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German music critic, writer on music, and composer.

Career Summary

  Photograph of Walter Dahms.
Walter Dahms (Cristina Teixeira Coelho)

Dahms studied literature, philosophy and fine arts at Berlin University, and composition with, among others, Max Reger and Ferruccio Busoni. While in Berlin, he was a professional violinist in theaters, a conductor, and also music critic of the Kleines Journal (1912) and the Neue Preussische Kreuz-Zeitung, and wrote for, among other publications, the Ostdeutsche Rundschau, the Allgemeine Musik-Zeitung, the Münchner neueste Nachrichtungen, at least between 1913 and 1928; in 1926, he launched and edited the periodical Musikus-Almanach, which survived only one issue.

The books that Dahms published during Schenker's lifetime, all of which were in Schenker's private library at his death, are:

  • Schubert (Berlin & Leipzig: Schuster & Loeffler, 1912)
  • Schumann (Berlin & Leipzig: Schuster & Loeffler, 1916)
  • Mendelssohn (Berlin & Leipzig: Schuster & Loeffler, 1919)
  • Die Offenbarung der Musik: Eine Apotheose Friedrich Nietzsches (Munich: Musarion, 1922)
  • Musik des Südens (Stuttgart & Berlin: Deutsche Verlags-Anstalt, 1923)
  • Johann Sebastian Bach (Munich: Musarion, 1924)
  • Chopin (Munich: Otto Halbreiter, 1924)

Private life and change of identity

  Photograph of Walter and Margarete Dahms.
Walter & Margarete Dahms (OJ 10/1, [91])

Dahms married Agnes Matulke in 1910, and lived in Berlin. Some years later he separated from her, and lived with Margarete Ohmann. Between October 1921 and August 1926 the two of them lived in Italy, and in 1927‒28 Nice ‒ according to Dahms pursued by the German police and judiciary (OJ 10/1, [90] and [95]). A letter of November 1928 states that he had appealed to the Minister of Justice and the President of the Weimar Republic and had been turned down (OJ 10/1, [103]). Not until 1929 did Walter obtain a divorce from Agnes. In February 1931 he wrote that his marital affairs had finally been settled, and continued with bitterness: "The wonderful Germans have, after the crime of justice they committed against me, made me wait eighteen years for my basic human rights" (OJ 10/1, [104]). He and Margarete married on June 6, 1931 (though in his letters from the 1920s he often sends greetings "from me and my wife [Frau]") in Paris, where they lived for several years. (One wonders whether Schenker sympathized with Dahms in view of Jeanette's nine-year struggle to obtain a divorce from Emil Kornfeld, 1910‒19.)

In the mid 1930s, Walter became a Honduran citizen, changed his name to Gualterio Armando (his wife to Margarita Armando), apparently foreswore all connections with Germany, and moved to Lisbon in 1935, where he continued to publish books and compose music.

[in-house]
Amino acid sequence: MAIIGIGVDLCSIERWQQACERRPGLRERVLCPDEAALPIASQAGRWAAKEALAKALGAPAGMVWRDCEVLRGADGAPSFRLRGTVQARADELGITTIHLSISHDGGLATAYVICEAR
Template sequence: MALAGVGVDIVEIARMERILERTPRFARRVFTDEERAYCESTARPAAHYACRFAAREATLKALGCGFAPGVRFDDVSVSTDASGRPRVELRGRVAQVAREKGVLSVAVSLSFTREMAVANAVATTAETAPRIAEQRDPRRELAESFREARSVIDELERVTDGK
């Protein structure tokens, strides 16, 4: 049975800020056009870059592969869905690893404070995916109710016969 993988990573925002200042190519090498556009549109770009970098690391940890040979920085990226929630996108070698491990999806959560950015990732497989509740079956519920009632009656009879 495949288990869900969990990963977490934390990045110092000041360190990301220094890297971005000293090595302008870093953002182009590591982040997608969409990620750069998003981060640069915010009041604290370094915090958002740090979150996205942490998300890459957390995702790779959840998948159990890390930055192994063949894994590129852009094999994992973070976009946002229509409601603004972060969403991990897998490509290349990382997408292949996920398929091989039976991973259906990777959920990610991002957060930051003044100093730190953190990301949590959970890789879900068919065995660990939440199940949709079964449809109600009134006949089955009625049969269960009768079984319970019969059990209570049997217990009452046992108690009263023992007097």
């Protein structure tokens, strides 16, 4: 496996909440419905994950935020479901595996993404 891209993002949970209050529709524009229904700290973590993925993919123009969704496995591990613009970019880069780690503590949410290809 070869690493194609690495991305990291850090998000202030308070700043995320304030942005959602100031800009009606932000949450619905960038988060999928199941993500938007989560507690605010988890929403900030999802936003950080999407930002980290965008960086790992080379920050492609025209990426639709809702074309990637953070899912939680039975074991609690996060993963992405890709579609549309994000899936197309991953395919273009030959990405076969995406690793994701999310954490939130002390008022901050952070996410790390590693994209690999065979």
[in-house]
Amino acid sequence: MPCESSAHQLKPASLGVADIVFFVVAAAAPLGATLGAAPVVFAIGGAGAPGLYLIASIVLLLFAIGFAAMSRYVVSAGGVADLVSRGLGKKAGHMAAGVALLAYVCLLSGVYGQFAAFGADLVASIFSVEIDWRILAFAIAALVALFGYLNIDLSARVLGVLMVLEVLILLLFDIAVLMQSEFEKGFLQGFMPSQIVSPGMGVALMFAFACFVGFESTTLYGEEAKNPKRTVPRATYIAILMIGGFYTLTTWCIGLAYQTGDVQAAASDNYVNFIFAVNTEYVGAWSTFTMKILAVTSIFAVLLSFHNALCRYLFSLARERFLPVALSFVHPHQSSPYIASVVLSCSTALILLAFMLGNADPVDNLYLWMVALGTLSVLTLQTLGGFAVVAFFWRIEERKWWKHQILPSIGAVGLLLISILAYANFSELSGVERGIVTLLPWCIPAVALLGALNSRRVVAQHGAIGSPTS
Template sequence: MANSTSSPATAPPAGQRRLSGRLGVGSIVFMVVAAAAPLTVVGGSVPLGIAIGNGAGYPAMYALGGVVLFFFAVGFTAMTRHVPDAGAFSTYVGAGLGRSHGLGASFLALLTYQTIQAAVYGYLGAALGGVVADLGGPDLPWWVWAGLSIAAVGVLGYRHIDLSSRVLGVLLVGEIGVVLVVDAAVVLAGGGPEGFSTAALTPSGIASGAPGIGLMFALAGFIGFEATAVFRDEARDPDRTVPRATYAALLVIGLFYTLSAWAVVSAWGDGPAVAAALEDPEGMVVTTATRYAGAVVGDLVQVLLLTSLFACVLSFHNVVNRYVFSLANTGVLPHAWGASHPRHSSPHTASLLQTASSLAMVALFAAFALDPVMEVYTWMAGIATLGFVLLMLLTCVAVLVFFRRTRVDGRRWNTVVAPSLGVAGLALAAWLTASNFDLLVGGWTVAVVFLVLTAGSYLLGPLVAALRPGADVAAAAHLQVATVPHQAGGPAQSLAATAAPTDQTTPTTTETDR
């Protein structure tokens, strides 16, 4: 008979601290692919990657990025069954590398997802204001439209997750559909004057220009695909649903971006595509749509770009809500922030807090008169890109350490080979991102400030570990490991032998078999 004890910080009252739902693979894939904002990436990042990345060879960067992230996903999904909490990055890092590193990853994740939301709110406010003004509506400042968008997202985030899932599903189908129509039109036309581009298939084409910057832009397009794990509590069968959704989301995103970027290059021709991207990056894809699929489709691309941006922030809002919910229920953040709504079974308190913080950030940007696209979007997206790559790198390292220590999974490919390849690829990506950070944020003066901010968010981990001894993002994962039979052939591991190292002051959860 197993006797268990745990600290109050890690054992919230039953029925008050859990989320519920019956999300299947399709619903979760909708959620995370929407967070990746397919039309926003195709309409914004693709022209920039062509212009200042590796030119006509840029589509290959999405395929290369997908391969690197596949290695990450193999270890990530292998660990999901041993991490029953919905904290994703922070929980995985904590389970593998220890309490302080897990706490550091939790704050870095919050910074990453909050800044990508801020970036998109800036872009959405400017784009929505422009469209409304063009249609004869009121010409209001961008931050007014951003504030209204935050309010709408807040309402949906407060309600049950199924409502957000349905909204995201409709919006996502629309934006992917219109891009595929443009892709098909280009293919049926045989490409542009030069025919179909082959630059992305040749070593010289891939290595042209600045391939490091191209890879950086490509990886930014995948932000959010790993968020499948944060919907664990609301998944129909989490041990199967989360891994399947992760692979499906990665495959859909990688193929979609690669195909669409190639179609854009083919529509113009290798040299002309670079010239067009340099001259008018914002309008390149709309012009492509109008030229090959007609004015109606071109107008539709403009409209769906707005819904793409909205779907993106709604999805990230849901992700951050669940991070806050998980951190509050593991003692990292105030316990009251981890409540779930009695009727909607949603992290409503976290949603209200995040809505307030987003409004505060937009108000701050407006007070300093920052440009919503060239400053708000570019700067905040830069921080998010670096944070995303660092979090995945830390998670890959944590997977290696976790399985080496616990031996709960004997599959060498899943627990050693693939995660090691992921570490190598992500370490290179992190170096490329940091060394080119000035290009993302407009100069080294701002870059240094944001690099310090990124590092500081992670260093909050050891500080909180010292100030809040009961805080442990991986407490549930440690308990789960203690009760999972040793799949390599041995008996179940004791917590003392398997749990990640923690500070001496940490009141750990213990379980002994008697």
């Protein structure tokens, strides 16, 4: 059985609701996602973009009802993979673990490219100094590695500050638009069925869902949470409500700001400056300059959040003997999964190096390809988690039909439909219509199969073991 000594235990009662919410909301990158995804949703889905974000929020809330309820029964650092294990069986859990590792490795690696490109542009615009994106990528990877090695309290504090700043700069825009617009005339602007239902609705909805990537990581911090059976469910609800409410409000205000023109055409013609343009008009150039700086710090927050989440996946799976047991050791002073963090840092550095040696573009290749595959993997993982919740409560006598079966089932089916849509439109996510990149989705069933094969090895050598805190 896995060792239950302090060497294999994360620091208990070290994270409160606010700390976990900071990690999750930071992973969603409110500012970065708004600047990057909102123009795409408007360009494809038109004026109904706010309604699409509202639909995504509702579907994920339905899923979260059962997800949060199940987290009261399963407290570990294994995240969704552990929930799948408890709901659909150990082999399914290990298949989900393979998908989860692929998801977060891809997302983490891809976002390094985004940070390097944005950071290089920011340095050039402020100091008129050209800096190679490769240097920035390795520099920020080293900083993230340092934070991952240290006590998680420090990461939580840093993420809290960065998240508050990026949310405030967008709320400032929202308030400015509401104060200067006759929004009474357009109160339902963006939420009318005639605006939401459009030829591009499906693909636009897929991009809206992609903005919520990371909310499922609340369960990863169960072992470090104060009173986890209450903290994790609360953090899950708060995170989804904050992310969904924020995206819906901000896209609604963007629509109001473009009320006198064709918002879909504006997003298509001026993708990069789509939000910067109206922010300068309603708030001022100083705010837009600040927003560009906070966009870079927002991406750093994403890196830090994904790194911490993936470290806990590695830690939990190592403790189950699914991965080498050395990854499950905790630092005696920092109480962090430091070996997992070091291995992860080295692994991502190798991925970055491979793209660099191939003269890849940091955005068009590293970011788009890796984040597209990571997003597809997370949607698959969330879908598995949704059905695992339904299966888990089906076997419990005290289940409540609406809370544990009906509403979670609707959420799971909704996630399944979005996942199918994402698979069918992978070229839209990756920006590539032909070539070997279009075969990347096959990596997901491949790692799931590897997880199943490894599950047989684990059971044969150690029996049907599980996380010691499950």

Dahms and Schenker

Dahms became one of Schenker's strongest supporters and advocates. He first came to Schenker's attention in May 1913. His review of Schenker's Chromatic Fantasy & Fugue edition (July 15, 1913) pleased the latter, several other reviews at that time drew attention to Schenker's ideas, and his review of Die letzten fünf Sonaten ... op. 109, "Beethoven redivivus," December 31, 1913, and the cordial response from Schenker that it evoked, encouraged him in April 1914 to express the desire (reported in WSLB 202) to move from Berlin to Vienna in order to become a pupil of Schenker's. He did study briefly with Schenker's pupil Otto Vrieslander (who was based in Munich) c.1919, but decided to discontinue this and sought Schenker's advice on further study. Schenker regularly arranged for him to receive complimentary copies of his publications, from Die letzten fünf Sonaten ... op. 109 to Das Meisterwerk in der Musik, vol. III (1930).

In 1918, he was involved with Vrieslander, Halm and Herman Roth in an attempt to launch a Festschrift for Schenker's fiftieth birthday, through Universal Edition. In 1919, Schenker stated his intention to grant him one of the stipends "for impecunious skilled composers" that were in his gift from the estate of Sofie Deutsch; the award was deferred for a year, and seems to have been paid in the summer of 1920.

Dahms was conservative in outlook, applauded Schenker's uncompromising pronouncements on contemporary music, and shared his German nationalist and anti-democratic political views (though he disagreed with him hotly over Germany's militarism, and became increasingly disenchanted with many aspects of contemporary German culture).


105 items of correspondence survive from Dahms to Schenker in OJ 10/1 (1913 to 1931), and one letter from UE to Dahms with annotations by Schenker (OC 52/617, undated). No correspondence from Schenker to Dahms is known to survive. There are also many references to Dahms in Schenker's diary.

In addition, clippings of eight reviews by Dahms of Schenker's publications are preserved in Schenker's scrapbook (OC 2/pp. 38, 41-42, 49, 54, 61, 67, 72, 75, the last of these also at OJ 58/5). Of these, two more general articles about Schenker are:

  • "Heinrich Schenker: zu seinem 50. Geburtstag am 19. Juni 1918," Konservative Monatsschrift, June 1918, 647-49
  • "Heinrich Schenkers Persönlichkeit," Allgemeine Musik-Zeitung, Aug 3, 1923, 511-12


  • Baker's1971
  • Communication from Dahms's granddaughter, Cristina Teixeio Coelho

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